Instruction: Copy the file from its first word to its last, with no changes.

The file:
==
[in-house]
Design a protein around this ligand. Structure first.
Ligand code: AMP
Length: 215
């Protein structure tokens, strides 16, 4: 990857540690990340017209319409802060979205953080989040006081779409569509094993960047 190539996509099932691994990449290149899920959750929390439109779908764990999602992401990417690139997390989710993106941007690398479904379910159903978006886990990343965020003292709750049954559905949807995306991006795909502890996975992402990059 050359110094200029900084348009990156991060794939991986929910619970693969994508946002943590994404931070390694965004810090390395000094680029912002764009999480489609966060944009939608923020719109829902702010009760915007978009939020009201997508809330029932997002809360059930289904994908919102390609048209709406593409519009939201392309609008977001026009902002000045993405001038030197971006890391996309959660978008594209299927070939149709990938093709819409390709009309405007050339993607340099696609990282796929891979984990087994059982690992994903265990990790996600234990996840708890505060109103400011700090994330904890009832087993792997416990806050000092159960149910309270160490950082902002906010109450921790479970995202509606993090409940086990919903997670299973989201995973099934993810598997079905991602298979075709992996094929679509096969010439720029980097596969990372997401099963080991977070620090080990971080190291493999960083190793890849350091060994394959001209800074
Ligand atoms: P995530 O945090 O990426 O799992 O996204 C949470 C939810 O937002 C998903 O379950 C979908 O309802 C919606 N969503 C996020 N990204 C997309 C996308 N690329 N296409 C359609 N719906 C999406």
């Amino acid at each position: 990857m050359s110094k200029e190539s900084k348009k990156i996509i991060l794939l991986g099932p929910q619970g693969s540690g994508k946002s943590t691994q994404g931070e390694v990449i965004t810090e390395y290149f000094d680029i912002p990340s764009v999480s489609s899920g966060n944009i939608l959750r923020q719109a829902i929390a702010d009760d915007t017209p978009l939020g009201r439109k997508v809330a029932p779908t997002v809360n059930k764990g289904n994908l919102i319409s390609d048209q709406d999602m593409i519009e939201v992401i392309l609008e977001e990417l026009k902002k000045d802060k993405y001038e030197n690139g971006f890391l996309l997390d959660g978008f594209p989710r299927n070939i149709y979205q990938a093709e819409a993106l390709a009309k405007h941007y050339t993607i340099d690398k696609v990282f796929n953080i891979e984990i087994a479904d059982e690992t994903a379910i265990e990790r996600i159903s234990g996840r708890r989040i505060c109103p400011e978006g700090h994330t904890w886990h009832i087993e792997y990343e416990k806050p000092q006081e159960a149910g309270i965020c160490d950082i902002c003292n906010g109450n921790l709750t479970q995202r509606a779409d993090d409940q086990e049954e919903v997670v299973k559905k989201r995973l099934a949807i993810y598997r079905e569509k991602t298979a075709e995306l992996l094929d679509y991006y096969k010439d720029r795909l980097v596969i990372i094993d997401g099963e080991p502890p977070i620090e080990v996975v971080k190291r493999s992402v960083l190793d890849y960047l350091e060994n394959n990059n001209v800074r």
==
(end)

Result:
[in-house]
Design a protein around this ligand. Structure first.
Ligand code: AMP
Length: 215
């Protein structure tokens, strides 16, 4: 990857540690990340017209319409802060979205953080989040006081779409569509094993960047 190539996509099932691994990449290149899920959750929390439109779908764990999602992401990417690139997390989710993106941007690398479904379910159903978006886990990343965020003292709750049954559905949807995306991006795909502890996975992402990059 050359110094200029900084348009990156991060794939991986929910619970693969994508946002943590994404931070390694965004810090390395000094680029912002764009999480489609966060944009939608923020719109829902702010009760915007978009939020009201997508809330029932997002809360059930289904994908919102390609048209709406593409519009939201392309609008977001026009902002000045993405001038030197971006890391996309959660978008594209299927070939149709990938093709819409390709009309405007050339993607340099696609990282796929891979984990087994059982690992994903265990990790996600234990996840708890505060109103400011700090994330904890009832087993792997416990806050000092159960149910309270160490950082902002906010109450921790479970995202509606993090409940086990919903997670299973989201995973099934993810598997079905991602298979075709992996094929679509096969010439720029980097596969990372997401099963080991977070620090080990971080190291493999960083190793890849350091060994394959001209800074
Ligand atoms: P995530 O945090 O990426 O799992 O996204 C949470 C939810 O937002 C998903 O379950 C979908 O309802 C919606 N969503 C996020 N990204 C997309 C996308 N690329 N296409 C359609 N719906 C999406």
């Amino acid at each position: 990857m050359s110094k200029e190539s900084k348009k990156i996509i991060l794939l991986g099932p929910q619970g693969s540690g994508k946002s943590t691994q994404g931070e390694v990449i965004t810090e390395y290149f000094d680029i912002p990340s764009v999480s489609s899920g966060n944009i939608l959750r923020q719109a829902i929390a702010d009760d915007t017209p978009l939020g009201r439109k997508v809330a029932p779908t997002v809360n059930k764990g289904n994908l919102i319409s390609d048209q709406d999602m593409i519009e939201v992401i392309l609008e977001e990417l026009k902002k000045d802060k993405y001038e030197n690139g971006f890391l996309l997390d959660g978008f594209p989710r299927n070939i149709y979205q990938a093709e819409a993106l390709a009309k405007h941007y050339t993607i340099d690398k696609v990282f796929n953080i891979e984990i087994a479904d059982e690992t994903a379910i265990e990790r996600i159903s234990g996840r708890r989040i505060c109103p400011e978006g700090h994330t904890w886990h009832i087993e792997y990343e416990k806050p000092q006081e159960a149910g309270i965020c160490d950082i902002c003292n906010g109450n921790l709750t479970q995202r509606a779409d993090d409940q086990e049954e919903v997670v299973k559905k989201r995973l099934a949807i993810y598997r079905e569509k991602t298979a075709e995306l992996l094929d679509y991006y096969k010439d720029r795909l980097v596969i990372i094993d997401g099963e080991p502890p977070i620090e080990v996975v971080k190291r493999s992402v960083l190793d890849y960047l350091e060994n394959n990059n001209v800074r």